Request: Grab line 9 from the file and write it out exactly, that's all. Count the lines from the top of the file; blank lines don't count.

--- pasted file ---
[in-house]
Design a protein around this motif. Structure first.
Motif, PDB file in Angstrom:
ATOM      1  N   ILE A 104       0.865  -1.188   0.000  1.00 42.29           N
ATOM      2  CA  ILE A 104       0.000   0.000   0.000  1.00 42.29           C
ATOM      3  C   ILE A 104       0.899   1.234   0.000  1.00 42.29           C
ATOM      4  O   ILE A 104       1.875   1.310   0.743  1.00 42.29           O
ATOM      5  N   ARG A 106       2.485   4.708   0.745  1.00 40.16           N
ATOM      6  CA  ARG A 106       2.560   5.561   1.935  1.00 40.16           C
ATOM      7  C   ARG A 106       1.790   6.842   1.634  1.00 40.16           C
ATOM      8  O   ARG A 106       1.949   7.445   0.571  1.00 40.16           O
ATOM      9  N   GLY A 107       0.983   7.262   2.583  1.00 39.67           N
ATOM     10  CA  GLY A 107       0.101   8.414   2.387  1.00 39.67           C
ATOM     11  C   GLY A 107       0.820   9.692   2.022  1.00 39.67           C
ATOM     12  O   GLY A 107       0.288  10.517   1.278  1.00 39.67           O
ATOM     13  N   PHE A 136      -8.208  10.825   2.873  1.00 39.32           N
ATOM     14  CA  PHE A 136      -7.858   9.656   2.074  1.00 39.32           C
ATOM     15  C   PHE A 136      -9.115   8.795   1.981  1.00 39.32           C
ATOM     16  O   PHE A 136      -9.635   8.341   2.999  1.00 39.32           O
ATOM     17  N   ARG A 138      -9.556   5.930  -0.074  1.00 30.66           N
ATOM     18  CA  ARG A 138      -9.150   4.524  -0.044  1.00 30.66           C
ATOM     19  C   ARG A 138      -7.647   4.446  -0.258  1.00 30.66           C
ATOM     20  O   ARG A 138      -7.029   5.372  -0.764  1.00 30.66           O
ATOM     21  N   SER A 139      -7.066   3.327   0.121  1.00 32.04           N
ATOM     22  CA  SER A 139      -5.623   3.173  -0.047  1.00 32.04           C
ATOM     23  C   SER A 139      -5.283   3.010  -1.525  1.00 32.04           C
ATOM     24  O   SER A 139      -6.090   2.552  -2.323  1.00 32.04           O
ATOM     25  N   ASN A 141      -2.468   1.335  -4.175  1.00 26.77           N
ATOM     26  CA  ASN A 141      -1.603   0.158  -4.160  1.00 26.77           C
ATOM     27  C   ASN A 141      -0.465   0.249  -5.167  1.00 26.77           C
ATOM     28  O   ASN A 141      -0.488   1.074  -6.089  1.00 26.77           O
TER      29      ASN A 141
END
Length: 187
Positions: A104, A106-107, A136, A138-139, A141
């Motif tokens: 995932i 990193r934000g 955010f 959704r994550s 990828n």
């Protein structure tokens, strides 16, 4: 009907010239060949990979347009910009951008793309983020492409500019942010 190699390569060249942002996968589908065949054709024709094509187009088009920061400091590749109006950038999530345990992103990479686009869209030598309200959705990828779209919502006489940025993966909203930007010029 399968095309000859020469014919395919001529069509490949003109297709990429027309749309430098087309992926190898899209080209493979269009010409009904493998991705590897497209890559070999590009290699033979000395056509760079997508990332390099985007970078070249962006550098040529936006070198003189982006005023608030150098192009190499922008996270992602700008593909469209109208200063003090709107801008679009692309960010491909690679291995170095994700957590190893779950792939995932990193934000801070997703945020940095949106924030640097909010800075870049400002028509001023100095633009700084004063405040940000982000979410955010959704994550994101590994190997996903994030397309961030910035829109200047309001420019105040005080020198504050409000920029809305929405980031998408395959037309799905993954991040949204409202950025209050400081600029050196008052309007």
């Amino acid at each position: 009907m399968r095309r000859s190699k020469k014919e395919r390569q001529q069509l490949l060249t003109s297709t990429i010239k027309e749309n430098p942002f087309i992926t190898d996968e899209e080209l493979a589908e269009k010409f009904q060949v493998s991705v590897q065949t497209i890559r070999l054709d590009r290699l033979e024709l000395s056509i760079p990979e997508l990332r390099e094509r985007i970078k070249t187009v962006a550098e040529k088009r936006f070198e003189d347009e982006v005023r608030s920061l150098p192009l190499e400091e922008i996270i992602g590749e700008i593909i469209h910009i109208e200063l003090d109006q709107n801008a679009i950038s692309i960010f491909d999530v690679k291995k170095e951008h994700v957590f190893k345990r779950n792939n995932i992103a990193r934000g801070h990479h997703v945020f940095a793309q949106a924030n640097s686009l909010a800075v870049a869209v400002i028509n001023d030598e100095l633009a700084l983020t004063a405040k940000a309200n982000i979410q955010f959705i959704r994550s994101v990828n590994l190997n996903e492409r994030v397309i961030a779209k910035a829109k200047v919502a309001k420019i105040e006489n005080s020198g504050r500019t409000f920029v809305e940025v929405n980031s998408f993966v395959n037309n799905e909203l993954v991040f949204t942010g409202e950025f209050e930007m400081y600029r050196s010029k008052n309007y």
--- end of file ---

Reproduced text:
ATOM      6  CA  ARG A 106       2.560   5.561   1.935  1.00 40.16           C